Thursday, September 30, 2010

Divorced, Broke, but... * a letter to a friend(

I was desperately poor after my divorce but I did have a decent job, I had a house with all the stuff in it, and I had a truck that got good gas mileage. But I also saved myself from losing all the house and stuff because I had hired a good lawyer, and he was also kind enough to let me pay him off a little every month. Every month was an adventure, because I had already put as much money out as I could  and no more was coming in.
I had my satellite cut off, and I canceled everything but electricity and dial up. It got bad enough I called in sick one day which was the day before pay day, because I didn’t have any money to buy gas. I had it pretty much planned out how much money I could spend on things like food and gas, but when something broke it had to stay broken because I couldn’t afford to fix it. Bert and Sam got their yearly check-up, but as far as going out to eat, buying coffee, or doing something odd like having a date, that was pretty much out of the question.
But there was a sense of freedom to all this; I knew, I really knew, where I stood with my finances because I was the only one spending money. I knew, really knew, what was going to happen next because I was living alone, and it was magnificent. I sat down one day, and watched an old movie, “Mars Attacks” and it was fun to just sit there and enjoy a movie without any anxiety or pressure for me to be someone I wasn’t. I spent a lot of time walking around the woods, and talking to the dogs.
It wasn’t easy at the time, but it was me. I just didn’t have any idea at all who I might still be. My marriage was a nonstop acting job where I knew what words and phrases and actions would produce favorable, or more accurately, least unfavorable results, and that was how I made it through each day. I kept thinking it things were bad enough to end they might be good enough to continue, but finally, the end of that rope was reached, and somewhere in the darkness, I knew I had to let go.
Divorce wouldn’t be so bad if it weren’t for lawyers. I split up with a woman I was living with and she took her stuff and left, and I kept my stuff, and we fought and haggled over mutual stuff, but in the end, it didn’t take that long because one or the other of us wanted out bad enough to leaves something or give something away to get the results we wanted. Lawyers want to drag it out and make it last as long as they can because they get paid by the hour and the day and the event. They make a living tell both sides they have to ask for more or they will get less for the money they are paying the lawyers. As long as you’re shelling out most of the cash on hand that you have you may as well get something for it, right? How it works out is the lawyers on both side get most of any cash there was, and any cash there will be, and both sides wind up alone and paying bills with pennies rolled on the dining room table listening to NPR at three in the morning.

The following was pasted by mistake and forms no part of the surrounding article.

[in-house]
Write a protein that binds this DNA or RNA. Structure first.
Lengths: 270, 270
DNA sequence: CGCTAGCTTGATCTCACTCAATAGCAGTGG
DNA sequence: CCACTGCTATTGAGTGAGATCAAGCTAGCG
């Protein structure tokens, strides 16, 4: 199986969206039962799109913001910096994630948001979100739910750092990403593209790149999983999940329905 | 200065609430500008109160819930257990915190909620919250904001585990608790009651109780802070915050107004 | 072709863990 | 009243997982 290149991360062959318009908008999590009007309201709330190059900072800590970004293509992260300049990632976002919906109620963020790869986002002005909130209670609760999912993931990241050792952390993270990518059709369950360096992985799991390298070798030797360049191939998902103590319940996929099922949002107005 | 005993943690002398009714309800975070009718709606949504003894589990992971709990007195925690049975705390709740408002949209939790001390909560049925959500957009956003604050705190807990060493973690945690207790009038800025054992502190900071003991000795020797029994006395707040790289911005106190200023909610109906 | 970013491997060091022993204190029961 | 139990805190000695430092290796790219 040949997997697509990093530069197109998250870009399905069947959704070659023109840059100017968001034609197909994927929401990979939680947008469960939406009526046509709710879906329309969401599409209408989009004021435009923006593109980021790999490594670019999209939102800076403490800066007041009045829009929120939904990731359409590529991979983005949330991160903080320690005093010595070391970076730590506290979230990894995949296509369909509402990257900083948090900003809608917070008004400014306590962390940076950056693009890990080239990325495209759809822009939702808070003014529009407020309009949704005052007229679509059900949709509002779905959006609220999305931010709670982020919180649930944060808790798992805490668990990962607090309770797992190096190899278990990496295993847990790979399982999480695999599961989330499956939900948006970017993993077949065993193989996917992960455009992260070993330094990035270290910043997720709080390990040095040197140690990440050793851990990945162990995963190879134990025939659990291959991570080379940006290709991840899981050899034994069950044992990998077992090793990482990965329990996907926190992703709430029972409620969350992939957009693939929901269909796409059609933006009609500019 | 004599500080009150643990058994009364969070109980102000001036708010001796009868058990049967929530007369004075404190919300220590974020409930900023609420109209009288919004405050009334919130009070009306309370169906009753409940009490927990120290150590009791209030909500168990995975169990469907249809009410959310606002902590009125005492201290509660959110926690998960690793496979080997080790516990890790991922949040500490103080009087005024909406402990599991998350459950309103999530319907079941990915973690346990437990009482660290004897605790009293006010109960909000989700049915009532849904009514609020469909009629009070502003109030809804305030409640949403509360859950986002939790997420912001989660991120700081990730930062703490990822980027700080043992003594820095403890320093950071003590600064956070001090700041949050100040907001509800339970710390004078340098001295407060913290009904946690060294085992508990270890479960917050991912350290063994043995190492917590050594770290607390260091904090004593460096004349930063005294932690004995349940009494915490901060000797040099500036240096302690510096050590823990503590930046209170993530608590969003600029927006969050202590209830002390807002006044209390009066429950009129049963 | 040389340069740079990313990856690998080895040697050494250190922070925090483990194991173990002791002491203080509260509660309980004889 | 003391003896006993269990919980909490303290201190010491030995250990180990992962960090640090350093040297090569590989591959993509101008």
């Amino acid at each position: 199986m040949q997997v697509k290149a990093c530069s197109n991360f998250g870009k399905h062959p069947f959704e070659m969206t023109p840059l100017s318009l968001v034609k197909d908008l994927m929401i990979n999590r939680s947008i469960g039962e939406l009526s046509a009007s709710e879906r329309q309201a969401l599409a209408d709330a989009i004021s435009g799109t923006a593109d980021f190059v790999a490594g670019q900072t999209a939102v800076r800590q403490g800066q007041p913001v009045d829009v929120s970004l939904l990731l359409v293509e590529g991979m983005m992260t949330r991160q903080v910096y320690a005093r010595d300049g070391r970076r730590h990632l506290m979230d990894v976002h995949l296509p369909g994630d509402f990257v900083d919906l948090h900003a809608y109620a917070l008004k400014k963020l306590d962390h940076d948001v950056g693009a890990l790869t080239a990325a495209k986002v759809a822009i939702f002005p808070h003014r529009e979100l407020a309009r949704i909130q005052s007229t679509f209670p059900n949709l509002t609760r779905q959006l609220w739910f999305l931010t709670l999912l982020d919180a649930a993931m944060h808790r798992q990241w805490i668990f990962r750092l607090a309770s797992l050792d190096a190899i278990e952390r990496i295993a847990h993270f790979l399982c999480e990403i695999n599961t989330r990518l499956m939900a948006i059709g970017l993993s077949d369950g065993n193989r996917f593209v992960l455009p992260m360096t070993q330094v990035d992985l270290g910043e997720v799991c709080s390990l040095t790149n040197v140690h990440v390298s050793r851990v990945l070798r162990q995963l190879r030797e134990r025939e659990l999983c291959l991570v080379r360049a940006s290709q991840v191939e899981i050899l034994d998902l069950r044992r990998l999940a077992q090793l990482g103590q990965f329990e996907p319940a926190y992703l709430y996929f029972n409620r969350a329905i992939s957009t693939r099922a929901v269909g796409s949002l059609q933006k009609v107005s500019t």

I went on a pilgrimage of sorts after my divorce and discovered no everyone’s story was like mine. I met a couple who was dating after their divorce, which in my state of mind, they may as well have been levitating and spiting flames out of their noses while speaking Latin in a Southern accent. Aliena nobis, nostra plus aliis placen, ya’ll. They still loved each other, but they didn’t like one another to be in the same room for more than a couple of hours. A met a guy whose ex would  take white shoe polish and write “Herpes” on his windshield whenever he went out to a bar at night. He swears he never had the thing, and he certainly didn’t give it to her had he been cheating on her, which he never would do anyway, he claimed. You have to admit that’s a damn efficient way to put a chill on the evening with someone you just picked up.
But my ex very effectively disappeared out of my life as soon  after the event. It’s been eight years now, and I’ve come to realize that it wasn’t as bad as I remembered it being, and likely it was not nearly as bad as some I’ve seen, and it also made me wonder why on earth gay people would want the right to get into something that is more or less hell to get out of again. Legal marriage is something that is more or less an industry for divorce lawyers to make a living ending. If there is any conflict at all then both sides will be bled white, and if there are kids involved, this is going to be nasty to a degree that rivals circumcision with plastic scissors in a pool of waist deep alcohol during a hailstorm.
There is something very wrong, and broken, with marriage as an institution, and it ought to be fixed. I think we ought to have marriages that are arranged to last a year, and after that year, you can opt out or re-up. People with kids ought to have to stay married longer but since I don’t have kids I won’t go there. But we ought to make it so it’s either harder to get into or a hell of a lot easier to get out of, either one would do. But marriage, as an institution, is very, very, broken and I have no idea what to do to fix it.

Take Care,
Mike

2 comments:

  1. I am going on 2 years since my split of 6 years of being in a relationship. I was the one who was betrayed so therefore I came up on the short end of the stick. Just before this shock of betrayal I had lost my job and well I had no $$$, no home just what fit into my old car. BUT like you I found myself in a more peaceful way knowing I did not have to say the right things or worry about upsetting the "apple cart" anymore. In time I have found that to be priceless. I have learned to do without and I am OK by that...I got my dog, me, myself and I...what else do I need. *giggling*

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  2. Getting out of a bad situation is sometimes worth more than what you had when you were in it.

    I'm glad to go out when you did, Di

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